A relationship still exists between family planning and malaria via preventing pregnancies in malaria endemic areas where the disease leads to anemia, death, low birth weight and stillbirth. Other population issues such as migration/mobility, border movement, and conflict/displacement influence exposure of populations to malaria, NTDs and their risks. Environmental concerns such as land/forest degradation, occupational exposure, population expansion (even into areas where populations of monkeys, bats or other sources of zoonotic disease transmission live), and climate warming in areas without prior malaria transmission expose more populations to mosquitoes and malaria.

Ultimately the goal of eliminating malaria needs a population based focus. The recent WHO malaria elimination strategic guidance encourages examination of factors in defined population units that influence transmission or control.

Today public health advocates are using the term population health more. The University of Wisconsin Department of Population Health Sciences in its blog explained that “Population health is defined as the health outcomes of a group of individuals, including the distribution of such outcomes within the group.” World Population Day is a good time to consider how the transmission or prevention of malaria, or even neglected tropical diseases, is distributed in our countries, and which groups and communities within that population are most vulnerable.

World Population Day has room to consider many issues related to the health of populations whether it be reproductive health, communicable diseases or chronic diseases as well as the services to address these concerns.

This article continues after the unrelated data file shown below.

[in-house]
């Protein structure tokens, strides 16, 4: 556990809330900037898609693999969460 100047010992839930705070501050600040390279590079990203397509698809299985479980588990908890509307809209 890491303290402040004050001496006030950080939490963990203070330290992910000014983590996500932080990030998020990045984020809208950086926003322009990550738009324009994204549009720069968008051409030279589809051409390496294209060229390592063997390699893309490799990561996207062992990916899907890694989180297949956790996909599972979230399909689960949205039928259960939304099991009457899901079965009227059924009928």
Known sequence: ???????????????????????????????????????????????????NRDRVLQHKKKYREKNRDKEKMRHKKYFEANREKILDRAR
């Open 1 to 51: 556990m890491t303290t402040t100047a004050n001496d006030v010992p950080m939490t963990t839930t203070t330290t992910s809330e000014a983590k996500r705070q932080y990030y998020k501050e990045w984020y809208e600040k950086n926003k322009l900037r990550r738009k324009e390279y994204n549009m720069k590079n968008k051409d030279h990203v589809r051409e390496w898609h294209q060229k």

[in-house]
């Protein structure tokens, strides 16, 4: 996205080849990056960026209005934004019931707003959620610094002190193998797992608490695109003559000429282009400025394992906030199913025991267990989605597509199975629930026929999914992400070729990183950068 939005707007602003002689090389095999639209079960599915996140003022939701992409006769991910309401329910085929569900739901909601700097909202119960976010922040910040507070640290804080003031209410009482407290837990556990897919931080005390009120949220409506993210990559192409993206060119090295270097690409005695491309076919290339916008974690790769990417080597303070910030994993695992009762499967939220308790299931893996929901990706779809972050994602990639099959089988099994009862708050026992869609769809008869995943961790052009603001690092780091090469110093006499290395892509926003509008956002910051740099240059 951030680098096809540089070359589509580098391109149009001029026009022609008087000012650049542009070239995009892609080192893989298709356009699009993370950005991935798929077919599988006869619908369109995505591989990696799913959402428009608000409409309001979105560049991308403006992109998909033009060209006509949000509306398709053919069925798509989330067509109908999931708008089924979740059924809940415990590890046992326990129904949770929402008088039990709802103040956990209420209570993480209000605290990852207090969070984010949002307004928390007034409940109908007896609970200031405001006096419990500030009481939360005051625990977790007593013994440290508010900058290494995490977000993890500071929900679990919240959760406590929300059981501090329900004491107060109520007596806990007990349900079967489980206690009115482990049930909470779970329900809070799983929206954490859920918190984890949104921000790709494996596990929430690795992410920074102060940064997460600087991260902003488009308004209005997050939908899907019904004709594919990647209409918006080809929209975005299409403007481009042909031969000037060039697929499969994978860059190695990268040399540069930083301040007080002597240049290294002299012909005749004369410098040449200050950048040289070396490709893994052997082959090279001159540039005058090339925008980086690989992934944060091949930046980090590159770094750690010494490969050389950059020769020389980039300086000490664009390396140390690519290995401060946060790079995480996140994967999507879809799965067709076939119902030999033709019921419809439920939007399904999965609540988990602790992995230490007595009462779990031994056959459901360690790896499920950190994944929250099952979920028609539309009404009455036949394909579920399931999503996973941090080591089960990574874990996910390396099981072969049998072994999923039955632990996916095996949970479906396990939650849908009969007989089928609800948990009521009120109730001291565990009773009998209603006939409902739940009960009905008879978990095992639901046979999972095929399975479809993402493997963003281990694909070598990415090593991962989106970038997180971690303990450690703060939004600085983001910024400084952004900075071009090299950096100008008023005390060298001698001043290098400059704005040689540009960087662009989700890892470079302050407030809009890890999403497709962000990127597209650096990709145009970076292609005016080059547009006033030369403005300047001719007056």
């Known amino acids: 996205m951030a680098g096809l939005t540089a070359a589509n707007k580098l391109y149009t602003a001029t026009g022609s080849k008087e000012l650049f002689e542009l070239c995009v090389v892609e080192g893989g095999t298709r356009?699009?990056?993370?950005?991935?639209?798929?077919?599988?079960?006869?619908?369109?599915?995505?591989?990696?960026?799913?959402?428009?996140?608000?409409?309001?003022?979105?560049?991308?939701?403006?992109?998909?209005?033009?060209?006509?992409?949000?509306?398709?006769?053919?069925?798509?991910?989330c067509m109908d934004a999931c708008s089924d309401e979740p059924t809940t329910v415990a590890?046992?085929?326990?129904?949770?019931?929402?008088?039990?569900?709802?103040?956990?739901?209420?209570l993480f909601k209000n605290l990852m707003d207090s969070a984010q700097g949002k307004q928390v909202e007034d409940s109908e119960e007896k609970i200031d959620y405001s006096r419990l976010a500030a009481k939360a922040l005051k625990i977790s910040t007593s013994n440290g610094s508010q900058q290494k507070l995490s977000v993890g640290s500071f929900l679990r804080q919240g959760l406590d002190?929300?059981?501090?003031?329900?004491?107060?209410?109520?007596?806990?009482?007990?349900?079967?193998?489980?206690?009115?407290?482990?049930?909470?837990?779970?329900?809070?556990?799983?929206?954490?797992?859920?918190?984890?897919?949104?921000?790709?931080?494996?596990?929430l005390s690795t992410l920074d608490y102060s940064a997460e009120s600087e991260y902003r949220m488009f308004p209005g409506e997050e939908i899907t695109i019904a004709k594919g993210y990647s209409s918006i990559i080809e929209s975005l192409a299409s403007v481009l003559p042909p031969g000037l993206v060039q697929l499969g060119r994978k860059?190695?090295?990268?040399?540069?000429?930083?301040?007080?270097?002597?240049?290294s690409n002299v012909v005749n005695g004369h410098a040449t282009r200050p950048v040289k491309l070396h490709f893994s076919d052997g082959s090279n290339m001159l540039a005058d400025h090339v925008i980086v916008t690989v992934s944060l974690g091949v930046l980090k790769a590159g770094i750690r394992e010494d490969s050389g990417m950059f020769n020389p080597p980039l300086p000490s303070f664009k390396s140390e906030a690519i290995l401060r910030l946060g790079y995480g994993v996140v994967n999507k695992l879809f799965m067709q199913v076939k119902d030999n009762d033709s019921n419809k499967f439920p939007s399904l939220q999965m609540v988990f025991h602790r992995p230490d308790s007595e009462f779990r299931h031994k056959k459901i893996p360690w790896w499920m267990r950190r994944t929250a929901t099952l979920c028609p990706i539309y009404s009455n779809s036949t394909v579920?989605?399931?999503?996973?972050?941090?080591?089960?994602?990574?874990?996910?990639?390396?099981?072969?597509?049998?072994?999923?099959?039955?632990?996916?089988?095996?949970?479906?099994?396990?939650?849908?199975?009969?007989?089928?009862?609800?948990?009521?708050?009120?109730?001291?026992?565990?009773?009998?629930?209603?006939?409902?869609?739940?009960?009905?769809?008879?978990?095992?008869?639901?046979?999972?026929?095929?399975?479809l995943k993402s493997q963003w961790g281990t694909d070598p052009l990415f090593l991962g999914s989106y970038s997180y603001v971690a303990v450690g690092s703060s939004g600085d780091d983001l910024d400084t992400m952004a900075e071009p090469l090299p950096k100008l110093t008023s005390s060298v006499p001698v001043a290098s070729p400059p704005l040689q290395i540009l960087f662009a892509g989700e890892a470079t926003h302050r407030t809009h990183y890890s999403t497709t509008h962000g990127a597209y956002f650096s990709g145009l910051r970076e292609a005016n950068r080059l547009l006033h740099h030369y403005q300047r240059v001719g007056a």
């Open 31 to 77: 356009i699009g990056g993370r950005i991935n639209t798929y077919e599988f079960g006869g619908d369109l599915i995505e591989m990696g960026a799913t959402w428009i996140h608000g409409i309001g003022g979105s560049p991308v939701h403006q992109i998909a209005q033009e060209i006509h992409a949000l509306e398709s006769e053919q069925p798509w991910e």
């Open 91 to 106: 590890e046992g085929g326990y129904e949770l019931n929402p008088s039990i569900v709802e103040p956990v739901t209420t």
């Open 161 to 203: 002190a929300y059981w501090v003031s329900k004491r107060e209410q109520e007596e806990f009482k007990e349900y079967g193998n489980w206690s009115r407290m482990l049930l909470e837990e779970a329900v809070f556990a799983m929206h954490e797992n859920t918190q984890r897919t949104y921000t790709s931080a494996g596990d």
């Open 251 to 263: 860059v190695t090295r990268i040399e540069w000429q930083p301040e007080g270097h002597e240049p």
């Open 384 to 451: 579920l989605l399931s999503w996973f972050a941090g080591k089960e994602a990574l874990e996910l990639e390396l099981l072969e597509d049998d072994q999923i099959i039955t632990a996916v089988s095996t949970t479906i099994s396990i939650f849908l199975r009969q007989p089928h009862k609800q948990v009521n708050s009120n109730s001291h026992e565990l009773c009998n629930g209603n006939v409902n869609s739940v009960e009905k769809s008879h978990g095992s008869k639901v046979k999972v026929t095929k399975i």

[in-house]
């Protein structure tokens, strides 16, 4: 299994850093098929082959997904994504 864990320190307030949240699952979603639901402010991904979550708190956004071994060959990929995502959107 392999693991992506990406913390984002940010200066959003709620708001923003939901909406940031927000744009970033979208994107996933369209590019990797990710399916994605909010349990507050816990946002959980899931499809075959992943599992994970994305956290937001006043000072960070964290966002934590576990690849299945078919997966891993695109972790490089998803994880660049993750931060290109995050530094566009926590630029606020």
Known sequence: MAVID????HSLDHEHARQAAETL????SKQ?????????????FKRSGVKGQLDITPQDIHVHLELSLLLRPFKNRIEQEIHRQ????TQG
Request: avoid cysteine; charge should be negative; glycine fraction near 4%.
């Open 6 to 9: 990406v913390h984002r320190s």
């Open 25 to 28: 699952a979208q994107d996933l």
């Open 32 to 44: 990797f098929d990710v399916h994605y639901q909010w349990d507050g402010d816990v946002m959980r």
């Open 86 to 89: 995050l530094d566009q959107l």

Challenges and Recommendations in Distribution of LLINs in Urban Contexts

by Brooke Farrenkopf

With the malaria team made up of public health nurses and an infectious disease specialist in Kumasi

I participated in a study on urban distribution of long lasting insecticide treated bednets (LLINs) as part of the USAID/PMI VectorWorks Project of the Johns Hopkins University Center for Communication Programs aided by a JHU Global Health Field Placement Scholarship. I conducted qualitative interviews to support a programmatic study on the challenges associated with mass distributions in urban contexts and helped develop report recommendations for developing the guidelines for future campaigns in urban areas. I am sharing my findings here.

As noted VectorWorks is funded by the US President’s Malaria Initiative and works to improve access to long-lasting insecticide treated nets (LLINs) in 12 countries in Asia and Africa. VectorWorks Ghana, through collaboration with the National Malaria Control Program (NMCP) and partners, supports the following distribution campaigns:

  • School-based distribution, occurring every May for grades 2 and 6
  • Continuous facility-based distribution at ANC and EPI visits
  • Point mass distribution campaigns, occurring every 3 years

In Kumasi, Takoradi, and Tamale, a point mass distribution campaign had already occurred. The campaign in Accra occurred while I was in Ghana, and I was able to visit the distribution sites and the health facilities where a portion of the LLINs were stored. Here, I was able to see some of the logistical challenges associated with the urban context.

I was also able to see the solutions put in place by the local malaria teams. One solution to improve program delivery was the development of a coupon coding system. As each community member attended the distribution site to receive a LLIN, Ghana Health Service (GHS) staff had to match their registration coupon with the coded coupon in the book. The coding system organized the coupons and identified members who had not attended distribution.